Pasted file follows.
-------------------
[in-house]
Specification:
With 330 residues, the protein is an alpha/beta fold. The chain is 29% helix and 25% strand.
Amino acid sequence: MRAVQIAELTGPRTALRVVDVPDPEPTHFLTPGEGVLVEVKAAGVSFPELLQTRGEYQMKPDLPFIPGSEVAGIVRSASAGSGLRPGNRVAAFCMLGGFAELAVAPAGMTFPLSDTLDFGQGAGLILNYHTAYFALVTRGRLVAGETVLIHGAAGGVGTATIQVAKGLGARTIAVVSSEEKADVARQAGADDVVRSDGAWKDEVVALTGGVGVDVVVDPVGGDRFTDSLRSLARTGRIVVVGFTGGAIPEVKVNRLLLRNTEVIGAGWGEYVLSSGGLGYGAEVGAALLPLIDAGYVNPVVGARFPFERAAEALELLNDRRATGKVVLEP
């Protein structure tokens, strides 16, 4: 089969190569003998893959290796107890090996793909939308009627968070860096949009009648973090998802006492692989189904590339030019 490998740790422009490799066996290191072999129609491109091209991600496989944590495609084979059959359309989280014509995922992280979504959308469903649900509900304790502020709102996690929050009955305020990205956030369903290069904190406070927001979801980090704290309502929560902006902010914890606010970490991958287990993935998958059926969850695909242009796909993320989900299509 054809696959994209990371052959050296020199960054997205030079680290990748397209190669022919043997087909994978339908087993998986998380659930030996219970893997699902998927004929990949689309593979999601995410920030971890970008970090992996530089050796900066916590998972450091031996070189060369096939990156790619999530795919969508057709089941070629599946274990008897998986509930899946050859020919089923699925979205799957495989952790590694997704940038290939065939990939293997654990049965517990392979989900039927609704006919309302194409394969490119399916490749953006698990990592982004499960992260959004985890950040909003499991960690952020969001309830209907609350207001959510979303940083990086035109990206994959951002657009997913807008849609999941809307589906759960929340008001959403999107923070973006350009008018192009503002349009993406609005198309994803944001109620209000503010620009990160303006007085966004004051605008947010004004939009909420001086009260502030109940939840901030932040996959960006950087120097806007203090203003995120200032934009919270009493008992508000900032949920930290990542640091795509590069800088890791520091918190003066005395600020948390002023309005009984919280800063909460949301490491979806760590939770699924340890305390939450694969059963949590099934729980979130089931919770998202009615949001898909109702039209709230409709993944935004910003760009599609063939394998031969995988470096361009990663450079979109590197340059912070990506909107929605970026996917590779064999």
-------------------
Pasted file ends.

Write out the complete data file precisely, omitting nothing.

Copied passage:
[in-house]
Specification:
With 330 residues, the protein is an alpha/beta fold. The chain is 29% helix and 25% strand.
Amino acid sequence: MRAVQIAELTGPRTALRVVDVPDPEPTHFLTPGEGVLVEVKAAGVSFPELLQTRGEYQMKPDLPFIPGSEVAGIVRSASAGSGLRPGNRVAAFCMLGGFAELAVAPAGMTFPLSDTLDFGQGAGLILNYHTAYFALVTRGRLVAGETVLIHGAAGGVGTATIQVAKGLGARTIAVVSSEEKADVARQAGADDVVRSDGAWKDEVVALTGGVGVDVVVDPVGGDRFTDSLRSLARTGRIVVVGFTGGAIPEVKVNRLLLRNTEVIGAGWGEYVLSSGGLGYGAEVGAALLPLIDAGYVNPVVGARFPFERAAEALELLNDRRATGKVVLEP
């Protein structure tokens, strides 16, 4: 089969190569003998893959290796107890090996793909939308009627968070860096949009009648973090998802006492692989189904590339030019 490998740790422009490799066996290191072999129609491109091209991600496989944590495609084979059959359309989280014509995922992280979504959308469903649900509900304790502020709102996690929050009955305020990205956030369903290069904190406070927001979801980090704290309502929560902006902010914890606010970490991958287990993935998958059926969850695909242009796909993320989900299509 054809696959994209990371052959050296020199960054997205030079680290990748397209190669022919043997087909994978339908087993998986998380659930030996219970893997699902998927004929990949689309593979999601995410920030971890970008970090992996530089050796900066916590998972450091031996070189060369096939990156790619999530795919969508057709089941070629599946274990008897998986509930899946050859020919089923699925979205799957495989952790590694997704940038290939065939990939293997654990049965517990392979989900039927609704006919309302194409394969490119399916490749953006698990990592982004499960992260959004985890950040909003499991960690952020969001309830209907609350207001959510979303940083990086035109990206994959951002657009997913807008849609999941809307589906759960929340008001959403999107923070973006350009008018192009503002349009993406609005198309994803944001109620209000503010620009990160303006007085966004004051605008947010004004939009909420001086009260502030109940939840901030932040996959960006950087120097806007203090203003995120200032934009919270009493008992508000900032949920930290990542640091795509590069800088890791520091918190003066005395600020948390002023309005009984919280800063909460949301490491979806760590939770699924340890305390939450694969059963949590099934729980979130089931919770998202009615949001898909109702039209709230409709993944935004910003760009599609063939394998031969995988470096361009990663450079979109590197340059912070990506909107929605970026996917590779064999």